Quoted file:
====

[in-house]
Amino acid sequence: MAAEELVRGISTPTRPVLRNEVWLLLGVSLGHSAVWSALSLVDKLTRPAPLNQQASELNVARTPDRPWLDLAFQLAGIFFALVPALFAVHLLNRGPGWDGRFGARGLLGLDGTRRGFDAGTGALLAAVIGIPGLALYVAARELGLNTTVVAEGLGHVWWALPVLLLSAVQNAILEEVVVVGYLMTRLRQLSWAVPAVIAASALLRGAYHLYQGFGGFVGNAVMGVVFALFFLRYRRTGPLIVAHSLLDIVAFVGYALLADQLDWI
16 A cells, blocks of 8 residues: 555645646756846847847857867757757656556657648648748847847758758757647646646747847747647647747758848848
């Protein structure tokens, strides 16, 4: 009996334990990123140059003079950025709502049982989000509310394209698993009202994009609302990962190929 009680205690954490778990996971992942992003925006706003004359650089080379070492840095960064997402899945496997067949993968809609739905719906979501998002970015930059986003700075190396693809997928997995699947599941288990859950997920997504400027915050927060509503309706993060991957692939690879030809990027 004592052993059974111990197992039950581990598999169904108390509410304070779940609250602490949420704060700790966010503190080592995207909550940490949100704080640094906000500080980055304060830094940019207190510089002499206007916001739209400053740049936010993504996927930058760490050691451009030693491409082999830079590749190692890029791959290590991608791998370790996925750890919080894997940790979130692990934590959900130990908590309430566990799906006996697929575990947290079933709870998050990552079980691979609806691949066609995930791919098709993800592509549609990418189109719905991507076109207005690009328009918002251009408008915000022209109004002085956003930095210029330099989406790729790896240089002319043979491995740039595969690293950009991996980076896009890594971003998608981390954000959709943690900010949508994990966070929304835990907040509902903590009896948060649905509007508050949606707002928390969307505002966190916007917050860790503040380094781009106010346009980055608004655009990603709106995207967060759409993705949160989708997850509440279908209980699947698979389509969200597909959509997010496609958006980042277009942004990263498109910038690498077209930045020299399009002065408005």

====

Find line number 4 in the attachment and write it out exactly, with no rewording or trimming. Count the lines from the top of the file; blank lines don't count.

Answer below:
């Protein structure tokens, strides 16, 4: 009996334990990123140059003079950025709502049982989000509310394209698993009202994009609302990962190929 009680205690954490778990996971992942992003925006706003004359650089080379070492840095960064997402899945496997067949993968809609739905719906979501998002970015930059986003700075190396693809997928997995699947599941288990859950997920997504400027915050927060509503309706993060991957692939690879030809990027 004592052993059974111990197992039950581990598999169904108390509410304070779940609250602490949420704060700790966010503190080592995207909550940490949100704080640094906000500080980055304060830094940019207190510089002499206007916001739209400053740049936010993504996927930058760490050691451009030693491409082999830079590749190692890029791959290590991608791998370790996925750890919080894997940790979130692990934590959900130990908590309430566990799906006996697929575990947290079933709870998050990552079980691979609806691949066609995930791919098709993800592509549609990418189109719905991507076109207005690009328009918002251009408008915000022209109004002085956003930095210029330099989406790729790896240089002319043979491995740039595969690293950009991996980076896009890594971003998608981390954000959709943690900010949508994990966070929304835990907040509902903590009896948060649905509007508050949606707002928390969307505002966190916007917050860790503040380094781009106010346009980055608004655009990603709106995207967060759409993705949160989708997850509440279908209980699947698979389509969200597909959509997010496609958006980042277009942004990263498109910038690498077209930045020299399009002065408005």